(Columbia) Aug. 27, 2003 - At work Toni Cueto is an overachiever, "I'd always get my work done, ask for more work."
But, five years ago she lost her energy and her desire to work. After failing her real estate exam, she knew something was wrong, "I just didn't have that quote, 'Get up and go,' that I normally have."
Through extensive testing doctors at the University of Miami diagnosed Toni with Chronic Fatigue Syndrome. There is no known cause or cure for CFS, thought doctors like Dr. Barry Hurwitz now think the condition is linked to a decrease in red blood cells, "Because the red blood cell transports oxygen and glucose to the cells, it's vitally important in providing these nutrients. Without it we feel fatigued."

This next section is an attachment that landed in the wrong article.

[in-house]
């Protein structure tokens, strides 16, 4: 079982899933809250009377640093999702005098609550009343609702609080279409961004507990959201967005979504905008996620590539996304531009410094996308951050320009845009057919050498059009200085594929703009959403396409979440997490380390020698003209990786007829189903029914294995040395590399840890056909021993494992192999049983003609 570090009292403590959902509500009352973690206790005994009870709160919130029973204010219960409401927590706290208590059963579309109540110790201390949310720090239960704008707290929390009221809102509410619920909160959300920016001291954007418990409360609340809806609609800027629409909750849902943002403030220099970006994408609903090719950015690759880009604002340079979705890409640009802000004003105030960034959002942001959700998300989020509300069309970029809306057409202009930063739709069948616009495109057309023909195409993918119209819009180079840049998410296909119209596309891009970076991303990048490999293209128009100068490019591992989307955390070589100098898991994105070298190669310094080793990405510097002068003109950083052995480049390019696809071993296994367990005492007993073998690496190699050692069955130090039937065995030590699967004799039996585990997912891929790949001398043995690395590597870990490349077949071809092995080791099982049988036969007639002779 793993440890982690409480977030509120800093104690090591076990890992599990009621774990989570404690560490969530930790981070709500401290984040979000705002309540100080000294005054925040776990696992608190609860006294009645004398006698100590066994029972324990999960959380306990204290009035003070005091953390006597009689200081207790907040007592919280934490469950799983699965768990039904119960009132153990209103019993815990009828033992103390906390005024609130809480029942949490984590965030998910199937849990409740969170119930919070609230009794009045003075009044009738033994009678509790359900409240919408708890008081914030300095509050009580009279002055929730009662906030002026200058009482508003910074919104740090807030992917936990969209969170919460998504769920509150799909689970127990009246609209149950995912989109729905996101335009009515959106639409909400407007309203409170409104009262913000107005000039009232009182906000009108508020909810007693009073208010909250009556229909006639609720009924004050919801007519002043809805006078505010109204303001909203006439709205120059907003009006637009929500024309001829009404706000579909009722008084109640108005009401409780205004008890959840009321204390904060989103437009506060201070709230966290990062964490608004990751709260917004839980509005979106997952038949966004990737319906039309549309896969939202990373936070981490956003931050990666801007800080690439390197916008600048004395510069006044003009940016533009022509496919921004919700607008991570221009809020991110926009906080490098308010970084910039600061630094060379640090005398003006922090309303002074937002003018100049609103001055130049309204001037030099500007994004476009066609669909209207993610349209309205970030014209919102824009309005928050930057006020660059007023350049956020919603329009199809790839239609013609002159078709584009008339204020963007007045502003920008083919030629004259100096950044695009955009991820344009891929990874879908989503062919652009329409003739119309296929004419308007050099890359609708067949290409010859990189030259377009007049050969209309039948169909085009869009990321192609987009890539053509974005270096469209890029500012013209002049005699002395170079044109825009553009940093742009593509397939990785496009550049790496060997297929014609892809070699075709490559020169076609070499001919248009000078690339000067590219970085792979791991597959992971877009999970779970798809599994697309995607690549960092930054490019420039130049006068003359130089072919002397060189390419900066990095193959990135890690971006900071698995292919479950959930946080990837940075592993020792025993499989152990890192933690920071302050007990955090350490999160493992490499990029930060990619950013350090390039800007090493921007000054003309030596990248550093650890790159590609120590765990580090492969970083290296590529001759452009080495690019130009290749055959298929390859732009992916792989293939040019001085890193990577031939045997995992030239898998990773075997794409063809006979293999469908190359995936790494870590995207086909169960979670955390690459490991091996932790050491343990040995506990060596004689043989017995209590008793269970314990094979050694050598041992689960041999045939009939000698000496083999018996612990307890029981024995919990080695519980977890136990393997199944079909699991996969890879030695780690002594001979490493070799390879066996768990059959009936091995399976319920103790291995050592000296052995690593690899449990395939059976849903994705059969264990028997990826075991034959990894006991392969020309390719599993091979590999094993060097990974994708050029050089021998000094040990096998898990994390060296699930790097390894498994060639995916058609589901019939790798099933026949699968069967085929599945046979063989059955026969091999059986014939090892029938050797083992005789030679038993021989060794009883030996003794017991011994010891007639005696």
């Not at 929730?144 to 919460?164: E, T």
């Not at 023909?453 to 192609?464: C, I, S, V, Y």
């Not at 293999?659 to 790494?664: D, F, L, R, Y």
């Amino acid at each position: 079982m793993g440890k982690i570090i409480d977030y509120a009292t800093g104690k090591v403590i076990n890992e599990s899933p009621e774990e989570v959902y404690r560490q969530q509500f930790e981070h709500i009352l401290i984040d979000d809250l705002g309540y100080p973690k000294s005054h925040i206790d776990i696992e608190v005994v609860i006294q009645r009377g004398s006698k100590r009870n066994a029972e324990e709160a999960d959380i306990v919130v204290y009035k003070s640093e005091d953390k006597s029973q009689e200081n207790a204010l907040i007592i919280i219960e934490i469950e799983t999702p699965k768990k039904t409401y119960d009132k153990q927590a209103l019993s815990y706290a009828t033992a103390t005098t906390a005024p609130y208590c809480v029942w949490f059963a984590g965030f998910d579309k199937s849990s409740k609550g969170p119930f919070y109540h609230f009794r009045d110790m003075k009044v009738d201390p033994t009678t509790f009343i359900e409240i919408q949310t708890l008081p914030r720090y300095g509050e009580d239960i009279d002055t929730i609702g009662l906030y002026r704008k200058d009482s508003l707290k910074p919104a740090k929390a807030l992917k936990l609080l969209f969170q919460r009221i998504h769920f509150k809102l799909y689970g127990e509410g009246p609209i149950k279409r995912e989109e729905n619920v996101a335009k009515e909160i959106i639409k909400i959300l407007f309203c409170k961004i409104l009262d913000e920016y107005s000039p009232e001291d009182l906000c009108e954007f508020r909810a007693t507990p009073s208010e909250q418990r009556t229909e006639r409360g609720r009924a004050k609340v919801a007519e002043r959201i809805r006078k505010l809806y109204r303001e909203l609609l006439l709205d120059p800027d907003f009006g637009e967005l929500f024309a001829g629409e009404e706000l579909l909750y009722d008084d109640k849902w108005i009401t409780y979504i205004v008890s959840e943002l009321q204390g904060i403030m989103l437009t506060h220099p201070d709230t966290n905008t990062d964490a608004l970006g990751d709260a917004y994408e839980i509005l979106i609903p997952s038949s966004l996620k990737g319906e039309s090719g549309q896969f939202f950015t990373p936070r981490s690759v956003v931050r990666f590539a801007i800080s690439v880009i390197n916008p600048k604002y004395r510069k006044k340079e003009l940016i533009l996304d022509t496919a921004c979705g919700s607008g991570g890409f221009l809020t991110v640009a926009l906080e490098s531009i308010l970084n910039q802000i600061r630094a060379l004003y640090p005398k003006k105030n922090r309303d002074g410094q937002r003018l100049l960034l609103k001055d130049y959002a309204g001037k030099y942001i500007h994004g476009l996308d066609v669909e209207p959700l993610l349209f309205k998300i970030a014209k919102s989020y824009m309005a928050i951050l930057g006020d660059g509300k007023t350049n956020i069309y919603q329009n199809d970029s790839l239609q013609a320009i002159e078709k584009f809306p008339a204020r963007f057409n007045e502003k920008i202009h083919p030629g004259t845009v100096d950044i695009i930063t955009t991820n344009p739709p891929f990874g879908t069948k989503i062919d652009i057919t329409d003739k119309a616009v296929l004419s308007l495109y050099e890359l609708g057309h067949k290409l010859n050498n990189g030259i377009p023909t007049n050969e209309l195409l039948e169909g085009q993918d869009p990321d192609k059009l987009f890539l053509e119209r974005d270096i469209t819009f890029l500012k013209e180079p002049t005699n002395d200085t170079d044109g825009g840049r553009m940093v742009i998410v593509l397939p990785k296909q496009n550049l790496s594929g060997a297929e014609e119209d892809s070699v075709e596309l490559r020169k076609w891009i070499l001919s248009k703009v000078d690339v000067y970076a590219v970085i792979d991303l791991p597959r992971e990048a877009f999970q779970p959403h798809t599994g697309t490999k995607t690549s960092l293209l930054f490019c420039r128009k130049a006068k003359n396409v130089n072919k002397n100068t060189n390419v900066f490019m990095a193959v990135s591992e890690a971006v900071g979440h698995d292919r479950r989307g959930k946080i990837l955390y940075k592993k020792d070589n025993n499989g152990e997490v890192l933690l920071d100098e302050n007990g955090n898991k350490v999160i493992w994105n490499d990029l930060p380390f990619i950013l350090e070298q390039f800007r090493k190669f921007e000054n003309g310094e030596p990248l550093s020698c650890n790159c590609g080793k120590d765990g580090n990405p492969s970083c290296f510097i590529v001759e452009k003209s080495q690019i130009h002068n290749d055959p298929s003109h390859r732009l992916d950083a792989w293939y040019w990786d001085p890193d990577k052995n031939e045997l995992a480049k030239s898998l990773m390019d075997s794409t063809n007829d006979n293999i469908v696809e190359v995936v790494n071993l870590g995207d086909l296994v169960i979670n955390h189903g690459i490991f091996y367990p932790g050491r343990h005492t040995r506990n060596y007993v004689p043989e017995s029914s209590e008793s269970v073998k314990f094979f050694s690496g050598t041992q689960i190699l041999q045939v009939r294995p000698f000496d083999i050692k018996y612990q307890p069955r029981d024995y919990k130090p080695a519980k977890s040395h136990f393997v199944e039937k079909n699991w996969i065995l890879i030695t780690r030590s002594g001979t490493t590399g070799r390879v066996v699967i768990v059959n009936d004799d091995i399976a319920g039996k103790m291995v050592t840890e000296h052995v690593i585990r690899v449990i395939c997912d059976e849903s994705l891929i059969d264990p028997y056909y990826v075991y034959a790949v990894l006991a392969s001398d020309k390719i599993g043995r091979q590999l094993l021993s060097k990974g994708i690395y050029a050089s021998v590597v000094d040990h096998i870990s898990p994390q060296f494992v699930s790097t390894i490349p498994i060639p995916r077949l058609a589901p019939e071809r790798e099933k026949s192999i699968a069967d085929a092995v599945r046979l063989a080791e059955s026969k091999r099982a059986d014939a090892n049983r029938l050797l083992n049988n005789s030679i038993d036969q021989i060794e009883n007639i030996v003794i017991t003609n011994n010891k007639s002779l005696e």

Dr. Hurwitz and his colleagues are studying the drug Procrit to help patients like Toni. The drug is typically used in cancer patients, but in CFS patients Procrit raises red blood cell volume by triggering a hormone in the kidneys, "Some people have shown remarkable improvement and have gone back to work, and in others it's been less effective."
Toni says Procrit is working for her. She got her real estate license, and she's already doubled last year's sales, "I've got my life back. I'm working full time. I'm enjoying life."
Researchers say 85 to 90 percent of the people living with Chronic Fatigue Syndrome are undiagnosed. Symptoms of DFS include extreme exhaustion, muscle pain, insomnia and impaired memory.
by Dawn Mercer